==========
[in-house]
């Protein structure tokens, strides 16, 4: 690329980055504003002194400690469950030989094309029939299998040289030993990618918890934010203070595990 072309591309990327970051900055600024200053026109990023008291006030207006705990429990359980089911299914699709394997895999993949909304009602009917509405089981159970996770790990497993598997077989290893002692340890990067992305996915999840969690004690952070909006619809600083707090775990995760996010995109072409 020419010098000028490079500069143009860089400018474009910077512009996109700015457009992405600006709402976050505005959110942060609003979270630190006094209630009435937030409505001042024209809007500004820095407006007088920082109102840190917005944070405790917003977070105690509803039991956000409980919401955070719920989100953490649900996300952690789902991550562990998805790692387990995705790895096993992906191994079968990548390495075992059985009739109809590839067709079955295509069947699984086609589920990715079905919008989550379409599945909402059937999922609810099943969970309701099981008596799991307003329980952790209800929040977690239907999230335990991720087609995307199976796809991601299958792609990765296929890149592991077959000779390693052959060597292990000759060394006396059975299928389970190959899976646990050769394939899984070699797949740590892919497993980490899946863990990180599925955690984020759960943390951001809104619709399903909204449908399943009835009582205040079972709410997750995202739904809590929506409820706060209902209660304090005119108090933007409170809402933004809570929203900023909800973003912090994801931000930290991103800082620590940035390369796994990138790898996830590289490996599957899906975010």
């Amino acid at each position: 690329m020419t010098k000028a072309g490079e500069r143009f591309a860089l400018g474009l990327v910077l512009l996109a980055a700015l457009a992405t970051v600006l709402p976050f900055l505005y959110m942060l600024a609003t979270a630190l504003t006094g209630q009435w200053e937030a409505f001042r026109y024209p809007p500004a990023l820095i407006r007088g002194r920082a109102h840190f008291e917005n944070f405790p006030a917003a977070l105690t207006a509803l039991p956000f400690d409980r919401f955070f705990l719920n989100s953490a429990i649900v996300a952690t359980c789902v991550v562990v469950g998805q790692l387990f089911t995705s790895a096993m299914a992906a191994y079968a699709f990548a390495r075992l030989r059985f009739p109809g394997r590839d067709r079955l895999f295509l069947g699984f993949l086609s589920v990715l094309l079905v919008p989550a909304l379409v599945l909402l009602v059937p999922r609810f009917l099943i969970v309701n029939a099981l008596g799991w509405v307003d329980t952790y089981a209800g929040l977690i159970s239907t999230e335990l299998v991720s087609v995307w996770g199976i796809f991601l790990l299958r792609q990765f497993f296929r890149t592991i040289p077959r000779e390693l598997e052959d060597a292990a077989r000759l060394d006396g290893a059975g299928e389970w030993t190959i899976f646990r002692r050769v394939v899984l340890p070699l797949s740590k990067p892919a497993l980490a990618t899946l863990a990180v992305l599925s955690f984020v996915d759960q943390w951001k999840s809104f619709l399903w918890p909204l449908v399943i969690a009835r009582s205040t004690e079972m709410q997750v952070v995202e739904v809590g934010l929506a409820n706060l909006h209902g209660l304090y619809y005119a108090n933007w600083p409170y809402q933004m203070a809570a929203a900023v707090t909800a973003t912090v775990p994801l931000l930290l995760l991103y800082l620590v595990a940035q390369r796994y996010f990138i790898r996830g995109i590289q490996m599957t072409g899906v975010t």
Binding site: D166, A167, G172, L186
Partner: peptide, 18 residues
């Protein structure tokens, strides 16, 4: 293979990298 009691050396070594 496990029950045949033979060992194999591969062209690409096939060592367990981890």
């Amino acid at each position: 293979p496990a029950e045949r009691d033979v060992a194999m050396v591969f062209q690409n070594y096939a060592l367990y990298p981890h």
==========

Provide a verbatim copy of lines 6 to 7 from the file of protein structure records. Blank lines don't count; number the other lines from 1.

């Protein structure tokens, strides 16, 4: 293979990298 009691050396070594 496990029950045949033979060992194999591969062209690409096939060592367990981890």
């Amino acid at each position: 293979p496990a029950e045949r009691d033979v060992a194999m050396v591969f062209q690409n070594y096939a060592l367990y990298p981890h």